By Paul Homewood
Yet more disgracefully misleading propaganda from the BBC:
In our monthly feature, Then and Now, we reveal some of the ways that planet Earth has been changing against the backdrop of a warming world. Here, we look at the effects of global heating on Victoria Falls, one of the natural wonders of the world – and how Sub-Saharan Africa is learning to cope with the climate crisis.
In full flow, Victoria Falls easily qualifies as one of the natural wonders of the world. Spanning 1.7km at its widest point and with a height of more than 100m, locals refer to Africa’s greatest waterfall as „the smoke that thunders“.
This amazing feature is formed as the Zambezi river plunges into a chasm called the First Gorge. The chasm was carved by the action of water along a natural fracture zone in the volcanic rock that makes up the landscape in this region of southern Africa
In 2019, however, Victoria Falls was silenced.
In a drought described as the worst in a century, the flow of the Zambezi was reduced to a relative trickle and the Falls ran dry.
As one of the region’s biggest attractions for tourists, Victoria Falls is a valuable source of income for Zimbabwe and Zambia. As news of the low waters spread, local traders noticed a visible drop in tourist numbers.
As well as hitting the countries’ economies, it also hit electricity supplies, which are dependent on hydroelectric generation.
More widely across the region, agencies reported an increase in the need for food aid, as crops failed in the drought.
A single extreme weather event cannot, in isolation, be viewed as a consequence of climate change.
But the region is recording a sequence of extreme droughts that reflect what climate modellers have predicted will occur as a result of an increase in greenhouse gases in the world’s atmosphere as a result of human activity.
Zambia’s President, Edgar Lungu – speaking at the time – called it „a stark reminder of what climate change is doing to our environment“.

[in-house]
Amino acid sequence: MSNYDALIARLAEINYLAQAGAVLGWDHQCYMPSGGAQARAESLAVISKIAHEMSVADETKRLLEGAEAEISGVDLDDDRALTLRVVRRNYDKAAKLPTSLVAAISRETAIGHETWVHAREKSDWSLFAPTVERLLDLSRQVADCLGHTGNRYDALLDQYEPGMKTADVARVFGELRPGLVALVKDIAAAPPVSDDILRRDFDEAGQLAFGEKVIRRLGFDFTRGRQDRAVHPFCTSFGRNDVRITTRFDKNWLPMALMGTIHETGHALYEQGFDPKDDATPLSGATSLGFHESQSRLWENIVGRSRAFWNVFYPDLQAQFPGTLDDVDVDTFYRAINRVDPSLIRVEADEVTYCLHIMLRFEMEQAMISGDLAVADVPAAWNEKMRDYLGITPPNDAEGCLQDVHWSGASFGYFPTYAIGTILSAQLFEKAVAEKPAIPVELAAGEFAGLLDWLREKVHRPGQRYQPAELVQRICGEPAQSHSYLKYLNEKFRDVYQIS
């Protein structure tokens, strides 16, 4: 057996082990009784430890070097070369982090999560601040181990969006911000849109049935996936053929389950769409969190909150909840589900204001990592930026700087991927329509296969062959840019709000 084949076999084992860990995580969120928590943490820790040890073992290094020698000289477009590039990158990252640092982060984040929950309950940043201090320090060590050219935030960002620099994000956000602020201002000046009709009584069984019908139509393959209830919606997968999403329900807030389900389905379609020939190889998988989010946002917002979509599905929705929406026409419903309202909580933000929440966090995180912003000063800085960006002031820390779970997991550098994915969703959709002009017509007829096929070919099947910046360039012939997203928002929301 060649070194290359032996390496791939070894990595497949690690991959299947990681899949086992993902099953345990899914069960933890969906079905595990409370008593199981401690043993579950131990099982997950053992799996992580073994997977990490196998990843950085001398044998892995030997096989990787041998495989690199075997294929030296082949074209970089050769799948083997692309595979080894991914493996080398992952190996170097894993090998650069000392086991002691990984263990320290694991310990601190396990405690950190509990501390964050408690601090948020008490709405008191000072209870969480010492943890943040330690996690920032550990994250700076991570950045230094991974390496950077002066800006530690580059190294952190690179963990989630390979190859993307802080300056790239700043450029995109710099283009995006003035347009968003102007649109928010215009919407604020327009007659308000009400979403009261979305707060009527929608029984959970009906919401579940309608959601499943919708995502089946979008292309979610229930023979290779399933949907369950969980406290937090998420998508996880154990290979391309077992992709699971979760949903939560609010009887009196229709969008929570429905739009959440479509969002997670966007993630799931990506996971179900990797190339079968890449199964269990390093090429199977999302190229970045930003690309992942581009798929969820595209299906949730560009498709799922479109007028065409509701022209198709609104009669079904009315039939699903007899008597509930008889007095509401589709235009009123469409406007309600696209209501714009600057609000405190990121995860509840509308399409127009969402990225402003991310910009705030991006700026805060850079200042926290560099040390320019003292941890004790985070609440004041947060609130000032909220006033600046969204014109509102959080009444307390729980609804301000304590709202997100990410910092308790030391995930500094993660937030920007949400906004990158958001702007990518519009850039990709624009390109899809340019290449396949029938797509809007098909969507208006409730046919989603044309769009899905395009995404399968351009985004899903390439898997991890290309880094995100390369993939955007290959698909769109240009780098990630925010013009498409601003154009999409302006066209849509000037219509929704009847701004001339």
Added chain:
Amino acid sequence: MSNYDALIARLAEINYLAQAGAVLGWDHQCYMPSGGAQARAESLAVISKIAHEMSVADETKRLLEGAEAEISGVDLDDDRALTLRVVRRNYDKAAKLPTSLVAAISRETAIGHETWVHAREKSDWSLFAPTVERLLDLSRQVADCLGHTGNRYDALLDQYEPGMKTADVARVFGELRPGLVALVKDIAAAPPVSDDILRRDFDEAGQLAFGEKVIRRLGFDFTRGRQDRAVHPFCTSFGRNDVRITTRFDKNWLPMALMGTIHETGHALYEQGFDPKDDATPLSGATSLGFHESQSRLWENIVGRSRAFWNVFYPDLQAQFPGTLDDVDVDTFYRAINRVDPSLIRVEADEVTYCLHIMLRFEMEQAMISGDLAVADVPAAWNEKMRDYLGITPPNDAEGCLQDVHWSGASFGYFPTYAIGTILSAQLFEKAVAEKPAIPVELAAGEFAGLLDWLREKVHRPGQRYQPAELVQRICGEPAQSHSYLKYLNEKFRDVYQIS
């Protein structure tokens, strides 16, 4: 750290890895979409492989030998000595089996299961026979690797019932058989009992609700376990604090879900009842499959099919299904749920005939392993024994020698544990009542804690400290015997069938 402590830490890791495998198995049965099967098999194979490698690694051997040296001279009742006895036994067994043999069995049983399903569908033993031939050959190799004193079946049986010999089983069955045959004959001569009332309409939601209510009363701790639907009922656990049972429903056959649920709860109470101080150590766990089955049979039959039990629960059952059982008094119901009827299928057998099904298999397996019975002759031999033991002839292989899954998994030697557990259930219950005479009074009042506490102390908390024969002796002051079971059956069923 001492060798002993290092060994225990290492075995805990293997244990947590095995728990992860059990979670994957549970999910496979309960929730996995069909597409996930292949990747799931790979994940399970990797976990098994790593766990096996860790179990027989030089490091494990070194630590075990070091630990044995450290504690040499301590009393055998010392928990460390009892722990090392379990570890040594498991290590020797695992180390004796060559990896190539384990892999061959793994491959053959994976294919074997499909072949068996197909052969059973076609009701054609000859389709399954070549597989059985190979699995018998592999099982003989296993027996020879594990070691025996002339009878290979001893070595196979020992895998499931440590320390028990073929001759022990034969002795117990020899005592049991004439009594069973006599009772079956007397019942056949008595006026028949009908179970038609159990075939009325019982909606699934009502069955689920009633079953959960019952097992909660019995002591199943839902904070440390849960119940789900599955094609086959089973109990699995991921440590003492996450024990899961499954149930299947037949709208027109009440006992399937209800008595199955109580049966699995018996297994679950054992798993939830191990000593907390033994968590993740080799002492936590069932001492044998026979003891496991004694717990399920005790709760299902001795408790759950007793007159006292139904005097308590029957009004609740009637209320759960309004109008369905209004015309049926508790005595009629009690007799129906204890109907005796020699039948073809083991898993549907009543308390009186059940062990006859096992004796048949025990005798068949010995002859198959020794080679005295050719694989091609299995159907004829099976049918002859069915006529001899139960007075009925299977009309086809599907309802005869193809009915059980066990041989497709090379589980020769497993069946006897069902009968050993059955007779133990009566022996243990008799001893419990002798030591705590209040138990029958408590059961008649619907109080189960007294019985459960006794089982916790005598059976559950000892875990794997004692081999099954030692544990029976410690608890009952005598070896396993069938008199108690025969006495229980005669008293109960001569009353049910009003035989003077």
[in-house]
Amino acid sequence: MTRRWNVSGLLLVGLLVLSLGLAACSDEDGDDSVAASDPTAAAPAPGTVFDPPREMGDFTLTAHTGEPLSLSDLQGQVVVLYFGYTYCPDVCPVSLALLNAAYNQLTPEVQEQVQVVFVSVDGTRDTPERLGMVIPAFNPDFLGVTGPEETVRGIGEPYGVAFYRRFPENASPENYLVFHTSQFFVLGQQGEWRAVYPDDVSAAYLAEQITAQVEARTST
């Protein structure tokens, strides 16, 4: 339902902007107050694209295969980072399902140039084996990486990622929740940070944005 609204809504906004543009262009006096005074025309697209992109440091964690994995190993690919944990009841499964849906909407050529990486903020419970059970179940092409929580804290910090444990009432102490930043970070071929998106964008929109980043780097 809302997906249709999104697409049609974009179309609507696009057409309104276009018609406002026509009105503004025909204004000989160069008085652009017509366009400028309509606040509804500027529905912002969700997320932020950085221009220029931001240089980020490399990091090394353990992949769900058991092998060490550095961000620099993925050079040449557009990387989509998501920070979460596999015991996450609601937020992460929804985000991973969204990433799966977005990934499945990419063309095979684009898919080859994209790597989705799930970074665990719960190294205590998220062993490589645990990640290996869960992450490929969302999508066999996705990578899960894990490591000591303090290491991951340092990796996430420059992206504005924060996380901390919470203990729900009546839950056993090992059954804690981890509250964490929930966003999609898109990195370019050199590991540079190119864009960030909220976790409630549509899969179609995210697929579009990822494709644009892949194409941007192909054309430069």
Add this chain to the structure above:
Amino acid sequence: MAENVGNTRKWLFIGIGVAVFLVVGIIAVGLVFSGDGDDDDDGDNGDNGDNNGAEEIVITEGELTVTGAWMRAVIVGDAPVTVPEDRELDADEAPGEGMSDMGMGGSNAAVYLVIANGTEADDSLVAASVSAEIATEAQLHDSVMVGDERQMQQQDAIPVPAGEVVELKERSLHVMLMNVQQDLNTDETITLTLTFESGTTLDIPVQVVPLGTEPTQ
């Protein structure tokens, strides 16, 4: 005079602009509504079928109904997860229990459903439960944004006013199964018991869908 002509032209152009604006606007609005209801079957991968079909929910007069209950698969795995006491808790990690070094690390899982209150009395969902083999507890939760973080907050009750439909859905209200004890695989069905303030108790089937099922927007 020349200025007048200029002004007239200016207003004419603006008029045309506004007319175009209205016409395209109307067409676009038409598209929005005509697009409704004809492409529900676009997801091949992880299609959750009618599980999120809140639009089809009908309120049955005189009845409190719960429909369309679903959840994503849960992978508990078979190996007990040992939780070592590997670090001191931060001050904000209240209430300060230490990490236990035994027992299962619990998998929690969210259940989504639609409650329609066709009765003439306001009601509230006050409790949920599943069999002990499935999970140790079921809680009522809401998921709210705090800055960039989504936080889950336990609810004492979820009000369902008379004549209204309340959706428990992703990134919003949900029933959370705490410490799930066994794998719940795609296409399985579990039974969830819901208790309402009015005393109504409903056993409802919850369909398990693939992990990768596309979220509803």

The UN’s State of the Climate in Africa in 2019 report painted a worrying picture for a continent that could see its population double over the coming century.
Speaking at the report’s launch in October 2020, World Meteorological Organization secretary-general Petteri Taalas observed: „Climate change is having a growing impact on the African continent, hitting the most vulnerable hardest, and contributing to food insecurity, population displacement and stress on water resources.
It may have been “described” as the worst drought in a century, but it most assuredly was not, as I reported at the time, when the BBC made the same propaganda a year ago. In fact, the Zambian side of the Victoria Falls, the eastern, always dries up like this in the dry season, October – December. This is because the Eastern Cataract is at a higher elevation than the other side.
But take a look at that split image above- notice how the BBC compares JANUARY 2019 with DECEMBER 2019.Why not compare December with December.The BBC clearly want you to think that the Falls have gone from spate to drought in the space of one year because of climate change.
To get the full account of what happens there, we can consult The Lonely Planet, who to their credit make it their job to understand what is happening at ground level in the places they write about. Note this was written in December 2019, shortly after the original BBC report:
Eyes around the world have turned to Victoria Falls as recent reports that droughts in southern Africa and warming global temperatures have caused the famous cascade to “shrink to a trickle.“
But local authorities insist that, while water levels are far from their peak, Mosi-oa-Tunya (the Smoke that Thunders) is alive and well – and shows no immediate signs of vanishing. With an end to the annual dry season just around the corner, what is really going on at Victoria Falls?